Dictionary: BUR'REL – BURTH'EN

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A sort of pear, called also the red butter pear, from its smooth, delicious, soft pulp. – Philips.


The ox-fly, gad-bee, or breeze. – Johnson.

BUR'REL-SHOT, n. [Fr. bourreler, to torment, and shot.]

Small shot, nails, stones, pieces of old iron, &c., put into cases, to be discharged among enemies.


See Buhr-stone.


A small wier or dam where wheels are laid in a river, for catching fish. – Philips.


A different orthography of Burgh, Borough, which see.

BUR'ROW, n. [Sax. byrgen, a sepulcher, byrian, to bury, or beorgan, to keep.]

A hollow place in the earth or in a warren, where small animals lodge, and sometimes deposit their provisions. Some animals excavate the earth, by scratching, and form these lodges.

BUR'ROW, v.i.

To lodge in a hole excavated in the earth, as coneys or rabbits. In a more general sense, to lodge in any deep or concealed place. The word seems to include the idea of excavating a hole for a lodge, as well as lodging in it; but the verb is not often used transitively, as to burrow the earth.


Lodging in a burrow.


A pump, having a staff of 6, 7 or 8 feet long with a bar of wood to which the leather is nailed, which serves instead of a box. This staff is worked by men who pull it up and down, with a rope fastened to the middle of it. – Encyc.

BURS'AR, n. [See Burse.]

  1. A treasurer, or cash-keeper, as the bursar of a college, or of a monastery; a purser.
  2. A student to whom a stipend is paid out of a burse or fund appropriated for that purpose, as the exhibitioners sent to the universities in Scotland, by each presbytery. – Encyc. Johnson.


The office of a bursar. – Hales.


  1. The treasury of a college, or monastery.
  2. In Scotland, an exhibition. – Encyc.

BURSE, n. [burs. Fr. bourse, a purse, the vesicle of the gall, the hull or skin of seeds, an exchange; D. beurs, a purse, an exchange, scrotum; Ger. börse, a purse, an exchange; D. börs, the same; It. borsa; Sp. and Port. bolsa, a purse or bag, r being changed into l.]

  1. A public edifice in certain cities, for the meeting of merchants to consult on matters of trade and money, and to negotiate bills of exchange. This is the name used in many cities in Europe, but in England and America, such building is called an exchange. The new Burse in Paris is one of the most elegant buildings in the city.
  2. In France, a fund or foundation for the maintenance of poor scholars in their studies. In the middle ages, it signified a little college, or a hall in a university. – Encyc.


  1. A sudden disruption; a violent rending; more appropriately, a sudden explosion or shooting forth; as, a burst of thunder; a burst of applause; a burst of passion.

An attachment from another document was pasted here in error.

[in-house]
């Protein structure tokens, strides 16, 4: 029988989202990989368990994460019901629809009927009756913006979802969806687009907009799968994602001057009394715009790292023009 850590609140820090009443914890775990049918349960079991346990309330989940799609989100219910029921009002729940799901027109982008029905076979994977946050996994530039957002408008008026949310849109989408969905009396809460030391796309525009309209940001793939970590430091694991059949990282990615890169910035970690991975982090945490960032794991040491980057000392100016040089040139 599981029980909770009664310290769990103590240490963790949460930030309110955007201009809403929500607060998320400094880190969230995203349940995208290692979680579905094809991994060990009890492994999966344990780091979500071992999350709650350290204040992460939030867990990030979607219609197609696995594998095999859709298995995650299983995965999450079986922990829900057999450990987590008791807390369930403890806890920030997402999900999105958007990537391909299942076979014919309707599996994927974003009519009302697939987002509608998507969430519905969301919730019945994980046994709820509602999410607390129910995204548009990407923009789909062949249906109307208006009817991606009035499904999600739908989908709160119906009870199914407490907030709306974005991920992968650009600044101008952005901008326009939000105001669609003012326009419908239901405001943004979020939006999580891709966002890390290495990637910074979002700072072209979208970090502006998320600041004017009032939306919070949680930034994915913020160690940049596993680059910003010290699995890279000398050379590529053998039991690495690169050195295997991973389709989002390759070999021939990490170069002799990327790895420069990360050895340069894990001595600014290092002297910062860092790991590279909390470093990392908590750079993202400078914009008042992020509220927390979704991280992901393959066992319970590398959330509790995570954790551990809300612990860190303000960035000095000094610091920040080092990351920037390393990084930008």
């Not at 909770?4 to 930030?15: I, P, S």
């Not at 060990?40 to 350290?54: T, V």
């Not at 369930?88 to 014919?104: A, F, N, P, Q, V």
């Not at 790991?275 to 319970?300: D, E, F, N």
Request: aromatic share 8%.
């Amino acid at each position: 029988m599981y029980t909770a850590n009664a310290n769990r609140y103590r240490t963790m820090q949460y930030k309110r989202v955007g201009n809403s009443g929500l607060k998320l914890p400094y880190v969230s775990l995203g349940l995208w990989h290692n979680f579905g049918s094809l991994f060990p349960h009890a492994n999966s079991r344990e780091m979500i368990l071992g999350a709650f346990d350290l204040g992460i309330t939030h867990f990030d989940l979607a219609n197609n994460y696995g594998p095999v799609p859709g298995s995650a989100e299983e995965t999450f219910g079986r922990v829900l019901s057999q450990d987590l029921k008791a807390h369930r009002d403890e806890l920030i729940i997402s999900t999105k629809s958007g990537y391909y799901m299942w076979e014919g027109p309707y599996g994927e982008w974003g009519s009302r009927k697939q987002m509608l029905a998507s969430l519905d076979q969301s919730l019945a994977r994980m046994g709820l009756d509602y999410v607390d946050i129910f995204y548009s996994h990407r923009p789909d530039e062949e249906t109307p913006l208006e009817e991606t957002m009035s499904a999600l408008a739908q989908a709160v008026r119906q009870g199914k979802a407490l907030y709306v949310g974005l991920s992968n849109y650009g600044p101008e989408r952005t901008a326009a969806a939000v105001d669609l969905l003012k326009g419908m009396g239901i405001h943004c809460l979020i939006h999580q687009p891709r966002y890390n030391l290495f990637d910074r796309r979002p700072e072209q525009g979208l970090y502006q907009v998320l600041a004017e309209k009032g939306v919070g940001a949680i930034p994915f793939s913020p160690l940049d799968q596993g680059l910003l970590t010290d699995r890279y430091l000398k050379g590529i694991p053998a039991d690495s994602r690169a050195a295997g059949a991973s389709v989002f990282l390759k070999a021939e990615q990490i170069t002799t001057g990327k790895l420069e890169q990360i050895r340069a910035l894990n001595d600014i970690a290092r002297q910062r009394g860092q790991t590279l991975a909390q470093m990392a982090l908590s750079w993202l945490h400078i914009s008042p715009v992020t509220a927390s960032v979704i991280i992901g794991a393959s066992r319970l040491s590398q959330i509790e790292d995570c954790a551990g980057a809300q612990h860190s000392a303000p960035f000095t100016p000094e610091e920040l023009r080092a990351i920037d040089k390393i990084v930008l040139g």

2. A rupture, a hernia, or the unnatural protrusion of the contents of the abdomen.

BURST, or BURST'EN, pp. [or adj.]

Affected with a rupture or hernia.

BURST, pp.

Opened or rent asunder by violence.

BURST, v.i. [pret. and pp. burst. The old participle bursten is nearly obsolete. Sax. byrstan, burstan; D. barsten; G. bersten; Dan. brister; Sw. brista, to burst. The word bristle seems to belong to burst, denoting a shoot.]

  1. To fly or break open with force, or with sudden violence; to suffer a violent disruption. The peculiar force of this word is, in expressing a sudden rupture, with violence, or expansion, or both. Hence it is generally used to signify the sudden rupture of a thing by internal force, and a liberation from confinement; as, to burst from a prison; the heart bursts with grief. – Milton.
  2. To break away; to spring from; as, to burst from the arms. – Pope.
  3. To come or fall upon suddenly or with violence; to rush upon unexpectedly; as, a sound bursts upon our ears.
  4. To issue suddenly, or to come from a hidden or retired, place into more open view; as, a river bursts from a valley; a spring bursts from the earth.
  5. To break forth into action suddenly; as, to burst into tears.
  6. To break or rush in with violence; as, to burst into house or a room. It is often followed by an intensive particle; as, out, forth away, from, or asunder.

BURST, v.t.

To break or rend by force or violence; to open suddenly; as, to burst a chain or a door; to burst a cannon.


The state of having a rupture; the hernia.


One that bursts.


Rending or parting by violence; exploding.


The Herniaria, a plant said to be good against hernia or ruptures.

BURT, n.

A flat fish of the turbot kind. – Johnson.

BURTH'EN, n. [or v.]